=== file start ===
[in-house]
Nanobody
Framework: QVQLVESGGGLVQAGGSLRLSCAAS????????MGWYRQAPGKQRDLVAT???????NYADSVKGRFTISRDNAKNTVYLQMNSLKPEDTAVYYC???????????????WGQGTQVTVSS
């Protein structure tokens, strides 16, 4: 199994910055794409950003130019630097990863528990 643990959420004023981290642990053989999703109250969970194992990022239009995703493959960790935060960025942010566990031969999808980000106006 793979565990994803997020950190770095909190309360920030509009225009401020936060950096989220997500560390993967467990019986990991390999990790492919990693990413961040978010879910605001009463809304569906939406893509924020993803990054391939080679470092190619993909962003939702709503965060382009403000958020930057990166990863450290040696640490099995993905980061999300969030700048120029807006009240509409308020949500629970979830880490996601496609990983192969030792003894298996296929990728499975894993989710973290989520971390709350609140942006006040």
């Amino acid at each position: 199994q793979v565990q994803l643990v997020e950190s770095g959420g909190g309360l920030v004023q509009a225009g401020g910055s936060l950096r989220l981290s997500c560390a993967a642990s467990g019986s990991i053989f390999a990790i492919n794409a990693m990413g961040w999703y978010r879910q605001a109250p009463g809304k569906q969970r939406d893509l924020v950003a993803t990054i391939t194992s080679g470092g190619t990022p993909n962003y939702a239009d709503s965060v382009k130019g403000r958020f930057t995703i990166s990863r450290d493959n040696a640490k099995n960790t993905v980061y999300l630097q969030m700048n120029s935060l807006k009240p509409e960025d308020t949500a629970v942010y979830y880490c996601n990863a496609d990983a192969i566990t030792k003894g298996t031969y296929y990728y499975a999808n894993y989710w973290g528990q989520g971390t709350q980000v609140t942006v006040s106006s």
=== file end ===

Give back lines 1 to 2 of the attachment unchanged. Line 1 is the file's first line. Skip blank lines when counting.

[in-house]
Nanobody